Fayette County Sheriff Barry Babb says in many cases, people are getting hooked on prescription pain pills, many of which are opiates and opioids, and then when they find it difficult to obtain more pills they turn to the black market, where heroin is generally cheaper than illegally sourced pain pills.

Babb says that, for now, there are not any known heroin dealers in Fayette County, but he said some Fayette residents have been found to have connected with heroin dealers in Atlanta.

State Representative Ronnie Mabra pre-filed a piece of legislation in December hoping to gain support for a new law that would require patients who receive more than 90 days’ worth of prescription pain pills to be required to receive addiction prevention education. That bill didn’t gain traction, so Mabra redrafted it to focus more on patients of pain management clinics, which are often called “pill mills”, and that new bill, HB 407, not only attracted a few co-sponsors, but it also has received a second hearing thus far. If nothing else, Mabra says he is grateful to be raising the alarm regarding drug abuse dangers on the state level.

Back on the local level, Brown says one of the goals of the Peachtree City Police Department’s Facebook campaign and other public service announcements is to keep the public informed of the dangers out there, including those associated with illegal drug use, drug addictions and overdoses.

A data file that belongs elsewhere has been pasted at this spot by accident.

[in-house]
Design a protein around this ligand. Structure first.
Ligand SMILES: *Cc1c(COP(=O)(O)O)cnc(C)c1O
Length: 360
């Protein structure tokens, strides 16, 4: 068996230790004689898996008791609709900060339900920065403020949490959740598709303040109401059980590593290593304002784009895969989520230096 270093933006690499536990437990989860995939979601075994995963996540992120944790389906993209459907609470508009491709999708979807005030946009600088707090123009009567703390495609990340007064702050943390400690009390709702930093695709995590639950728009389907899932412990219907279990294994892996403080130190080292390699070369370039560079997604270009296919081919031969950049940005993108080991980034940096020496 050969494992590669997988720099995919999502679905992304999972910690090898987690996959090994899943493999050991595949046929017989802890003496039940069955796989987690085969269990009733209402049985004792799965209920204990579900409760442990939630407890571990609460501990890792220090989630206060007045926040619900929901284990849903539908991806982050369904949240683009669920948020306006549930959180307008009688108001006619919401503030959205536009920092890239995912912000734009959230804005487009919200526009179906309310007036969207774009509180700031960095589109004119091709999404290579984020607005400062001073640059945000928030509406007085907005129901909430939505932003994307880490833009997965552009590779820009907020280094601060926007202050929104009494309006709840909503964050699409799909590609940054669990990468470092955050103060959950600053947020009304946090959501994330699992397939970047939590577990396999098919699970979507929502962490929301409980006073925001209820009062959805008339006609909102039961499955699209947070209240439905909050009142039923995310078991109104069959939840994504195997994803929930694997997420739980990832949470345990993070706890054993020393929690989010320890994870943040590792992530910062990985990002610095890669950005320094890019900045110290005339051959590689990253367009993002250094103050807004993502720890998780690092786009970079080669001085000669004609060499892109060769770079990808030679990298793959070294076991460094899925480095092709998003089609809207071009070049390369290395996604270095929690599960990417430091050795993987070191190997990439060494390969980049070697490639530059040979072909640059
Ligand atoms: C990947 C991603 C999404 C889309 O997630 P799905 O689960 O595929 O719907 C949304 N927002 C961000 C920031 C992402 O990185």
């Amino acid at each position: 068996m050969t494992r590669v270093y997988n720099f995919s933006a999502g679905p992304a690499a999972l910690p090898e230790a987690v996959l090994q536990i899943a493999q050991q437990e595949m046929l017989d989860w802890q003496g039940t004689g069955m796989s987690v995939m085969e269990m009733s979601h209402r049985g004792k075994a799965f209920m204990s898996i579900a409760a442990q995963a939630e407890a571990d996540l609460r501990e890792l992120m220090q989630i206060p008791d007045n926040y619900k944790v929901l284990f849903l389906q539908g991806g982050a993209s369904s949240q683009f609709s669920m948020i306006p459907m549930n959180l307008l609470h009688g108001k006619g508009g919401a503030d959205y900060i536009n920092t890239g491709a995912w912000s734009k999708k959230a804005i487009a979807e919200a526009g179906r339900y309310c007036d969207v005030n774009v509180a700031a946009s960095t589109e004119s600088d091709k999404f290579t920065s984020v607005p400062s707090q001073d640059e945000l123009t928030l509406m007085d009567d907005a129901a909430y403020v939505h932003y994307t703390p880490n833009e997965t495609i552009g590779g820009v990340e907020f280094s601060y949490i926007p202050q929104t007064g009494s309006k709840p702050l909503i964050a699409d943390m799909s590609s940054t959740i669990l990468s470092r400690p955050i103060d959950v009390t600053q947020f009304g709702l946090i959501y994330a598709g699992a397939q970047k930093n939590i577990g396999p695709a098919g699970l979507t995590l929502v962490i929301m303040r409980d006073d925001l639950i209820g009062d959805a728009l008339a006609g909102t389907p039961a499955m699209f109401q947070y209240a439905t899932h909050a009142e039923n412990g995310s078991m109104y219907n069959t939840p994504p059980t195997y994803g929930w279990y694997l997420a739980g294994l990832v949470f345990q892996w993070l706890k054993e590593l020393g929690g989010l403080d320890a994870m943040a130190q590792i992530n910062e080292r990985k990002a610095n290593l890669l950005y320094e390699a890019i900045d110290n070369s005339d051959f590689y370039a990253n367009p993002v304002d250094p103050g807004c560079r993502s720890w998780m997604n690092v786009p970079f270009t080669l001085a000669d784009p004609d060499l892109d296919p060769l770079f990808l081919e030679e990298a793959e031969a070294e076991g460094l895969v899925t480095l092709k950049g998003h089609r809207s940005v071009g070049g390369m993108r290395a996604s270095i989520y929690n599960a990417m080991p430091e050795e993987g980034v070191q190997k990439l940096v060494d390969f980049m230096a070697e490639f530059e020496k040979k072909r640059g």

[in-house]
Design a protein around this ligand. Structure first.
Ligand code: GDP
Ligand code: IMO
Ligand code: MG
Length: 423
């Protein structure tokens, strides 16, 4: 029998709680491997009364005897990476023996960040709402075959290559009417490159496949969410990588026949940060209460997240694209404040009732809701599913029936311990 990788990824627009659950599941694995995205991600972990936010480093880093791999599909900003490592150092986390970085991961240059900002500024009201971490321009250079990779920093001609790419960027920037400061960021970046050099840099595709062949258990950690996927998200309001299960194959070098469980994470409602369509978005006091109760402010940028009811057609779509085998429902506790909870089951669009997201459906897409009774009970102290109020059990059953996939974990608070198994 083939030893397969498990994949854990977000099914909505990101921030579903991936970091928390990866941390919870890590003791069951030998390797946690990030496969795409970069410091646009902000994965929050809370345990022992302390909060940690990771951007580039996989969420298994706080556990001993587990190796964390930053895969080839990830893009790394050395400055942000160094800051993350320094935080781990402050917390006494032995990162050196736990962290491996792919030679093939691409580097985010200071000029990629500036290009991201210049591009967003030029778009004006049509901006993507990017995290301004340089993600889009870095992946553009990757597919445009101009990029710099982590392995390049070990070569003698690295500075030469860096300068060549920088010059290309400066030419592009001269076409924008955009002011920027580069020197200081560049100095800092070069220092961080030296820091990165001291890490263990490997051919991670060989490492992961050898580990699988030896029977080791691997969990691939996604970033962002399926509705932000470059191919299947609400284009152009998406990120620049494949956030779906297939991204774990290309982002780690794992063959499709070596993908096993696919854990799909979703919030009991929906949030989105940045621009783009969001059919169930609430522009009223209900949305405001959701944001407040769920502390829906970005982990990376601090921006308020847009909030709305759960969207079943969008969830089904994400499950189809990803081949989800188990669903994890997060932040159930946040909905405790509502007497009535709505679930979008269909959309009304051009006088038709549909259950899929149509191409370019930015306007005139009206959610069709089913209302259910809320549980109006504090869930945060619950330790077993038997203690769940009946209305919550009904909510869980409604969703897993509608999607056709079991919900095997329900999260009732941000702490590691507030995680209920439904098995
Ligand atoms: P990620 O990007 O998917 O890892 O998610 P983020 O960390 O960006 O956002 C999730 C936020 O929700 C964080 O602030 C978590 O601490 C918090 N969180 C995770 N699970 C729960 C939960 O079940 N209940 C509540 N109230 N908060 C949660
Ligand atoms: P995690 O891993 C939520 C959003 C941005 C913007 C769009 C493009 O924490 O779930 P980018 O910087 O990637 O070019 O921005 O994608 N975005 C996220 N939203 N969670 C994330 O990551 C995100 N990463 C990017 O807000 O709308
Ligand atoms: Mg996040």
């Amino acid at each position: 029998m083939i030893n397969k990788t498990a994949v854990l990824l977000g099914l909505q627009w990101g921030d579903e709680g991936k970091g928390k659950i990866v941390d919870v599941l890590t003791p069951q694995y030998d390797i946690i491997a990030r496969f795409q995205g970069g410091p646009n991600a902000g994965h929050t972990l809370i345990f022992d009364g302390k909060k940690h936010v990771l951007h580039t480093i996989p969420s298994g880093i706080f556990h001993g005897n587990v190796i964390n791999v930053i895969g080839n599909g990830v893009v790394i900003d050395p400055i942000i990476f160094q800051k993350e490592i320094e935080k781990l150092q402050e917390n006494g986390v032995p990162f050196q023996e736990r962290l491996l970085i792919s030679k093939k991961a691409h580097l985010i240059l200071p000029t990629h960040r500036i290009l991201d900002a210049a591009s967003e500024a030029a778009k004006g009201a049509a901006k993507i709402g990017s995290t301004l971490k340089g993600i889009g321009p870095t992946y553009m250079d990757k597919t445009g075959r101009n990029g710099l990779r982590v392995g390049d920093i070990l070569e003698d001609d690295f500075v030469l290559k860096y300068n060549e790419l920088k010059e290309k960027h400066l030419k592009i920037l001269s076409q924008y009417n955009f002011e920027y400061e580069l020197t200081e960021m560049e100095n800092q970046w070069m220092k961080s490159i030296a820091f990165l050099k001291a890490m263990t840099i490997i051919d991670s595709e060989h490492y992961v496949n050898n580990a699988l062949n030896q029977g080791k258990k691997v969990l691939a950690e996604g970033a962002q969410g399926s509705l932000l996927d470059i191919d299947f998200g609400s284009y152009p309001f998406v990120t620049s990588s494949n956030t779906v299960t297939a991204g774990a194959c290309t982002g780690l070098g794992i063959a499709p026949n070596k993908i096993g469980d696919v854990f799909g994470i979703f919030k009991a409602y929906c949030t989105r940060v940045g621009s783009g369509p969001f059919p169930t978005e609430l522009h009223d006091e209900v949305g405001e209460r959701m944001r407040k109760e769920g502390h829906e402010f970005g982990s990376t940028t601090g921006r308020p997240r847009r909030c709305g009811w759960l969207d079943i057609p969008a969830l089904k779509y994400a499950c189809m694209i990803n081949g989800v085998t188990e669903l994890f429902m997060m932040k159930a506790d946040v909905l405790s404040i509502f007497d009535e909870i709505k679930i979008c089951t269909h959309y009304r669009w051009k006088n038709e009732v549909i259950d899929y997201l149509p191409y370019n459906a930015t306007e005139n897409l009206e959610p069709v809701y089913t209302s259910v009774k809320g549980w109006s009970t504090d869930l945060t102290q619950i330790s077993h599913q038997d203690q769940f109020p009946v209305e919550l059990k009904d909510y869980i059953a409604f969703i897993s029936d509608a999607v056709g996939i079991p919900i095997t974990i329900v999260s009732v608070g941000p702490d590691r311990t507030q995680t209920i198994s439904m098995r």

Brown says one of the most important things a parent can do is to ask more questions of their young people and know more about what is really happening in their lives. This, he says, can go a long way toward detecting or even preventing problems with drugs.

“These opiates are not forgiving drugs,” Mabra said in a recent interview regarding HB 407. “Death is a consequence.”

According to the Web site for Centers for Disease Control (www.cdc.org) in Atlanta, “Deaths from drug overdose have been rising steadily over the past two decades and have become the leading cause of injury death in the United States. Every day in the United States, 120 people die as a result of drug overdose, and another 6,748 are treated in emergency departments for the misuse or abuse of drugs.”

A Web site that will be especially helpful to parents wanting to know more about certain drugs and how to spot signs and symptoms in their own children is www.DrugAbuse.gov, which is published by National Institute on Drug Abuse.

Danny Harrison

Danny Harrison, a 1992 Fayette High School graduate, began his journalism career with Fayette County News in 1995. After taking several leaves of absence to pursue journalism and Christian ministry opportunities, including a few out of state and overseas, he returned full-time to Fayette County News in August 2014. Harrison earned a bachelor's degree in pastoral ministry in 2009 while serving as a missionary journalist in England and Western Europe.